Around 500 workers of 180 bakeries were medically examined and trained to make the bakery for Eid-ul-Fitr, said Mr. Qadiri. “These 180 bakers were selected by the Bakers Association of Kashmir and they have selected the registered ones.”
The training, Mr. Qadiri explained, was to make workers aware of hygienic practices while making the bakery items and safety measures to prevent infections. The order reads on Eid celebration, home delivery of bakery is allowed for traders by following the proper guidelines.
Following the order from district commissioner’s office for bakers in Kashmir, all bakery workers will be given free personal protective equipment (PPE) kits who are mainly involved in manufacturing and delivery of bakery.
“Welcome but too late”
However, Omar Mukhtar, 55, the president of Kashmir Bakers and Confectioners Association (KBCA), who was also part of the training programme, said that the authorities took the decision “very late”. He explained that “for two-weeks, they trained workers and conduct a medical examination”.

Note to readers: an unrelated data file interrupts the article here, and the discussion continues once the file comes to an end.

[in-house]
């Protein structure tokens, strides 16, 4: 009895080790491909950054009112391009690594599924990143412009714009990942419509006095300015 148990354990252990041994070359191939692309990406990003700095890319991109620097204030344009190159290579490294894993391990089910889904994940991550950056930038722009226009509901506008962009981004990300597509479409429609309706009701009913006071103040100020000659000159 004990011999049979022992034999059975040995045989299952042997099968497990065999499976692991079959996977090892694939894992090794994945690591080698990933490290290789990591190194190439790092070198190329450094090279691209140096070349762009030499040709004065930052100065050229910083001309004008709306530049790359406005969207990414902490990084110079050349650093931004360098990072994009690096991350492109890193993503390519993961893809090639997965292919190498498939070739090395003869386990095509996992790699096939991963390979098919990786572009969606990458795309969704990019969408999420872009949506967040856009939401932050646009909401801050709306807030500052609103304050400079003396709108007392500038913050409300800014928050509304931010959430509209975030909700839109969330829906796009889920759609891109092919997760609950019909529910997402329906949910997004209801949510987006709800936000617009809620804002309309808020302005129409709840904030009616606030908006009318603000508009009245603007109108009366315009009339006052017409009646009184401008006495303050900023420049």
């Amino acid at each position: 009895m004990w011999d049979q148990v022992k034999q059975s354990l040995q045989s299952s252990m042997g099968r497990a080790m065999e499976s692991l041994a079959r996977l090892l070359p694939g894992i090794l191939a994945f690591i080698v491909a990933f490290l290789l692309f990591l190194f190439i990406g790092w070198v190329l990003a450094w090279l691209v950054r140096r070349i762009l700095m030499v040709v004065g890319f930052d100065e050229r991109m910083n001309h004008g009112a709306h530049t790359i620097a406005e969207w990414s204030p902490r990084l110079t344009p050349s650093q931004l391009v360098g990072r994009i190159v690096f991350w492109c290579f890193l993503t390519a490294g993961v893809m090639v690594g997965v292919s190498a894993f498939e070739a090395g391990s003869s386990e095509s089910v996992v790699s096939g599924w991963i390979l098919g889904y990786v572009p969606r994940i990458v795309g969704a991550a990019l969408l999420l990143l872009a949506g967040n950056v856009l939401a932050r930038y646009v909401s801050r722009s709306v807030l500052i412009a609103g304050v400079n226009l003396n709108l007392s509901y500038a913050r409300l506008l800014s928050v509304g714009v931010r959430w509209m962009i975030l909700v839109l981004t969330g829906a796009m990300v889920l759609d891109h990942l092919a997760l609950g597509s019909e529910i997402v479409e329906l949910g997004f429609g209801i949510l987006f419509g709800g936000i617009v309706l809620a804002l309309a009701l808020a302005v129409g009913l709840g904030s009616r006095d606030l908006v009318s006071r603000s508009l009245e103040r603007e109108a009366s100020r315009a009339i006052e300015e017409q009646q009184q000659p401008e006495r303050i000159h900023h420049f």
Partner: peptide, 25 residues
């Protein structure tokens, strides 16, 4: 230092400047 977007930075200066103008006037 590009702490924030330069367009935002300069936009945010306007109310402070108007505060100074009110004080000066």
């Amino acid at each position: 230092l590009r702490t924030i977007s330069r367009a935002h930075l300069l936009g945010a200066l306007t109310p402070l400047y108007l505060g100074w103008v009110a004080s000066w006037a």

According to Mukhtar, 95 per-cent of the bakers in the Srinagar district are associated with the union and among them, only 50 per-cent have made production even after the order. Mukhtar believes that after tourism and agriculture industry in Kashmir, Bakery industry turnover in millions. “But, like other sectors, it is sinking.”
On 20 May, the Kashmir Chamber of Commerce and Industry (KCCI) in a statement claimed that the two months of the COVID lockdown had cost Kashmir’s economy Rupees 8,500 crore; previously, Kashmir economy suffered losses of Rupees 17,000 after the lockdown in August 2019, when the Centre unilaterally abrogated J-K’s limited autonomy.